Patchwork network of legacy solutions won’t keep bad actors out
By Barrett Lyon, Co-founder, and CEO, Netography
U.S. government agencies are placing increased importance on cross-network visibility for cloud and on-prem environments and, with that, the significance of having shared visibility and traffic analysis across networks for real-time detection and remediation is moving to the forefront.
Help or hindrance?
No one can accuse the government of rushing into anything, and security is no exception. In recent years, however, there has been a noticeable acceleration of security initiatives as the import of a robust cyber defense plays out on a global stage. Dating back to the establishment of the American Technology Council in 2017 to the creation the following year of the Cybersecurity and Infrastructure Security Agency (CISA), government entities have been moving at relative warp speed (note, I said relative) to safeguard those assets that are deemed essential by the Federal government.
Over the course of this journey, the one thing that has become apparent is that a patchwork network of legacy solutions isn’t up to the task of keeping the bad actors out. What passed for high tech 15 years ago is now acting as a hindrance rather than a help. Reliance on legacy systems comes with a list of disadvantages as long as your arm – everything from unpatched vulnerabilities and point products no longer suited to today’s environment to cost inefficiencies and a lack of personnel trained to use the products. These impediments translate into security vulnerabilities that turn government agencies into sitting ducks from a cybersecurity standpoint. Moreover, legacy solutions are incapable of protecting dynamically and are limited in the kinds of attacks they can detect and stop.
Unfortunately, the government has lagged behind in adopting new and innovative technologies due, in part, to a lengthy approval process before a vendor can be sanctioned to work with the Federal government. Luckily, that’s starting to change. The Department of Defense (DoD) has come to recognize the importance of utilizing pioneering technologies from private-sector companies, as have various branches of the military. To that end, a grant program through AFWERX and the Small Business Innovation Research has been developed to foster innovation and speed the vetting process, in effect giving grant recipients the green light to partner with entities from within the DoD.
Novel times, novel measures
Today’s novel Work from Home (WFH) situation calls for novel security solutions. Thanks to a massive exodus of workers from the walls of their office buildings to the walls of their homes, the network perimeter have all but vanished. Remote workers, the use of unsanctioned equipment (that’s also likely to be running an outdated security solution, assuming it has one at all), data scattered across different locations, and a variety of cloud services mean but one thing: Shared, cross-network visibility is a must.
Lacking shared visibility and traffic analysis across your network means you are foregoing the chance for real-time detection and remediation. And while some cloud solutions may bill themselves as offering “real-time” analytics, if you want to detect and remediate as events happen rather than hours or days, out-of-the-box solutions aren’t going to cut it.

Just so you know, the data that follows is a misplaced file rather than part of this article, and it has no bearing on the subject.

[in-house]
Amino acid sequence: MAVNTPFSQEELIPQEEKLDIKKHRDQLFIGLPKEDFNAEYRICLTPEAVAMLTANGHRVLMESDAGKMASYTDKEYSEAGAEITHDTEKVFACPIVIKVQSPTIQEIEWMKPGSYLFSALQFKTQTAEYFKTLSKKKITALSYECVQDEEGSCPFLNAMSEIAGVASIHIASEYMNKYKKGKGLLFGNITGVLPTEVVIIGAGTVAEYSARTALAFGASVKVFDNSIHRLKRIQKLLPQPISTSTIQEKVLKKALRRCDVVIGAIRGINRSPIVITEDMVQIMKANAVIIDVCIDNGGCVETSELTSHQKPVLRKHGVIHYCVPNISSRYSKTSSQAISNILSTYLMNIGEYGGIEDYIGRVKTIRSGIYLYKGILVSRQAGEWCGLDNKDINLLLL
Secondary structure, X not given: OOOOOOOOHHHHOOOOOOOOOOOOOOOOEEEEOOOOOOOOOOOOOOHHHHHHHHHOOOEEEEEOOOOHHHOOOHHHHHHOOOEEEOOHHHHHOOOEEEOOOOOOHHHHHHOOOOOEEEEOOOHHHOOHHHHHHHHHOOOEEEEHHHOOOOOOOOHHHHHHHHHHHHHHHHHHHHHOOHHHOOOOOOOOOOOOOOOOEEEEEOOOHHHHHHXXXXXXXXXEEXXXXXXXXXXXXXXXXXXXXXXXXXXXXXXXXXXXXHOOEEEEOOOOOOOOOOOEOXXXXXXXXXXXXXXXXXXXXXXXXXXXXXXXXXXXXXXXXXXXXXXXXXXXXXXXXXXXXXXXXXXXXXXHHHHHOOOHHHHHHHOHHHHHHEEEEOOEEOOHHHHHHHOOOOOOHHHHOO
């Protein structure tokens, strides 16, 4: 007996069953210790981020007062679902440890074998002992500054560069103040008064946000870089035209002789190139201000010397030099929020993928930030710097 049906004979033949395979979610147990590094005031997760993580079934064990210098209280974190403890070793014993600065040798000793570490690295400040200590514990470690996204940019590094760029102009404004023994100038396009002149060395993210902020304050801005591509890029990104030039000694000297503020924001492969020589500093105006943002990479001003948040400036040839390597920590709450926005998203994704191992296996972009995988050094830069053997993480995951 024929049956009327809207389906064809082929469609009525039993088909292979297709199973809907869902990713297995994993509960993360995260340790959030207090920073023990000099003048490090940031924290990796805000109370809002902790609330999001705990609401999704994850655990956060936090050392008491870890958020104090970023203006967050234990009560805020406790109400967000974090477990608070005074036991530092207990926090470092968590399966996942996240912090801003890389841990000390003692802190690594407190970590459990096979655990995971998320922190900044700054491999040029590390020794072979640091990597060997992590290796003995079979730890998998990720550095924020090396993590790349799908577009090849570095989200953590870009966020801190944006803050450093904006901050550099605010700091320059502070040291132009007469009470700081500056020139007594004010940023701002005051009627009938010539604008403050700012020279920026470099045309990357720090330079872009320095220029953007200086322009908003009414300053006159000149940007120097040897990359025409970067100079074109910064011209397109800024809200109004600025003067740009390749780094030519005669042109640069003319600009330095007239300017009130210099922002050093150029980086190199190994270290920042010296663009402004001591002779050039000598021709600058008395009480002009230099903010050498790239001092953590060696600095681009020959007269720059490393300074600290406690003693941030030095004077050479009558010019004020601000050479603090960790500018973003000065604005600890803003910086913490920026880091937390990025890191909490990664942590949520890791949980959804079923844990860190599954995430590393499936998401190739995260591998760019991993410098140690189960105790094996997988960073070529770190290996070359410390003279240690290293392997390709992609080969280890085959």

Like enterprises, government entities need real-time protection against millions of network-based threats across their entire infrastructure, whether it’s on-premises, in the cloud, or a hybrid environment. Today’s WFH challenges mean an unprecedented number of end-users in remote locations. This makes it even more critical that network systems utilizing Virtual Private Networks (VPNs) — which by all accounts come with their own set of security issues — are monitored for any anomalies or known threats that might be present on the network as a result of using the VPN.
To be truly effective, a system needs to offer network and security teams shared visibility into their security posture at any — and every — point in time. As government agencies begin to take advantage of enterprise solutions, they need to ensure that they aren’t simply patching a one legacy solution with yet another only to cause more problems down the road. Solutions should break down the silos rather than establish new ones.
Because of the highly sensitive nature of government data, it’s especially important that a security solution also offers high-performance processing power. This allows complex algorithms to run in real-time and means automatic remediation translates into a significant reduction in mean-time-to-repair. Another feature to look for is a single-pane view of traffic flow, whereby agencies get full network visibility of cloud and on-premises devices with minimal effort.
There are new expectations for the network perimeter. Isn’t it time your network security solution provides them?
About the Author
Barrett Lyon is the co-founder and CEO of Netography, whose Security Platform provides cross-network visibility, encompassing cloud and on-premises environments. His experience and successes have led to collaboration with Tier 1 and Tier 2 carriers, as well as national security agencies in North America and Europe to mitigate and track hundreds of DDoS attacks. He holds multiple technology patents and is a pivotal subject in the best-selling cybersecurity book, Fatal System Error. Barrett can be reached online at @BarrettLyon and at our company website https://netography.com/.